placement new on a class with reference field

To answer the currently open questions:

First question:

  • What is the case of such code in C++14 or before (when std::launder didn't exist)? Probably it is UB - this is why std::launder was brought to the game, right?

Yes, it was UB. This is mentioned explicitly in the NB issues @Language Lawyer referred to:

Because of that issue all the standard libraries have undefined behaviors in widely used types. The only way to fix that issue is to adjust the lifetime rules to auto-launder the placement new. (

Second question:

If in C++20 we do not need std::launder for such a case, how the compiler can understand that the reference is being manipulated without our help (i.e. without "Pointer optimization barrier") to avoid caching of the reference value?

Compilers already know to not optimize object (or sub-object) value this way if a non-const member function was called between two usages of the object or if any function was called with the object as a parameter (passed by-ref), because this value may be changed by those functions. This change to the standard just added a few more cases where such optimization is illegal.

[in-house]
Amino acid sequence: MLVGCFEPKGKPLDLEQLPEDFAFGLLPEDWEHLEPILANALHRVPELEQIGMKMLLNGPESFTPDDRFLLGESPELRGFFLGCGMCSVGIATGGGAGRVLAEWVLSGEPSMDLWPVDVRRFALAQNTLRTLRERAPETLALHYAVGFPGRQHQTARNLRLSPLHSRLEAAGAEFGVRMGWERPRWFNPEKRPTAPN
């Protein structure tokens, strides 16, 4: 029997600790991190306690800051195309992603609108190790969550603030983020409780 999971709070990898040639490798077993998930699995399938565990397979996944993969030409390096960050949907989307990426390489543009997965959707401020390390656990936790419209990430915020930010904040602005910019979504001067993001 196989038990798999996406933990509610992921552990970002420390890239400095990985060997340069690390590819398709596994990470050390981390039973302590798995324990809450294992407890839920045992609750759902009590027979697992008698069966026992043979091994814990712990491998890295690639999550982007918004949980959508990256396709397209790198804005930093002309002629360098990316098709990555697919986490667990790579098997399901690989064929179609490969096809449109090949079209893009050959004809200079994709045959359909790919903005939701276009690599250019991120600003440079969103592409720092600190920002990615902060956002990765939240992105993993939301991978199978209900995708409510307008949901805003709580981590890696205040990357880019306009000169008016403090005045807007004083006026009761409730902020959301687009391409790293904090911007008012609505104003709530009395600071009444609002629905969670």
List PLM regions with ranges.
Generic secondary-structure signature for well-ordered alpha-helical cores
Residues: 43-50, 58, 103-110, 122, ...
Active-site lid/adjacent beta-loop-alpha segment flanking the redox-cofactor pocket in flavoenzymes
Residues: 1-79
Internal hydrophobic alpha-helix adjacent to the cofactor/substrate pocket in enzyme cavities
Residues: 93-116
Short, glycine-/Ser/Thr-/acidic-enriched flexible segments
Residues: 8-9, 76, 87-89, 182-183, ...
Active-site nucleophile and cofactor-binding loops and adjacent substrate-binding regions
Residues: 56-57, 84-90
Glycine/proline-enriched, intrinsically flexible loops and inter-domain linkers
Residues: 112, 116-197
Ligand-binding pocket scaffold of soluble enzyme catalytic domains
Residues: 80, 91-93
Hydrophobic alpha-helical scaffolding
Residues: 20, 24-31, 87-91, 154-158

It is legal to replace objects with const-qualified and reference non-static data members. And now, in C++20, [the name of|a [pointer|reference] to] the original object will refer to the new object after replacement. The rules has been changed in response to RU007/US042 NB comments

RU007. [].8.3 Relax pointer value/aliasing rules


Change 6.7.3 [] bullet 8.3 as follows:

If, after the lifetime of an object has ended and before the storage which the object occupied is reused or released, a new object is created at the storage location which the original object occupied, a pointer that pointed to the original object, a reference that referred to the original object, or the name of the original object will automatically refer to the new object and, once the lifetime of the new object has started, can be used to manipulate the new object, if:

  • ...

  • the type of the original object is not const-qualified, and, if a class type, does not contain any non-static data member whose type is const-qualified or a reference type neither a complete object that is const-qualified nor a subobject of such an object, and

  • ...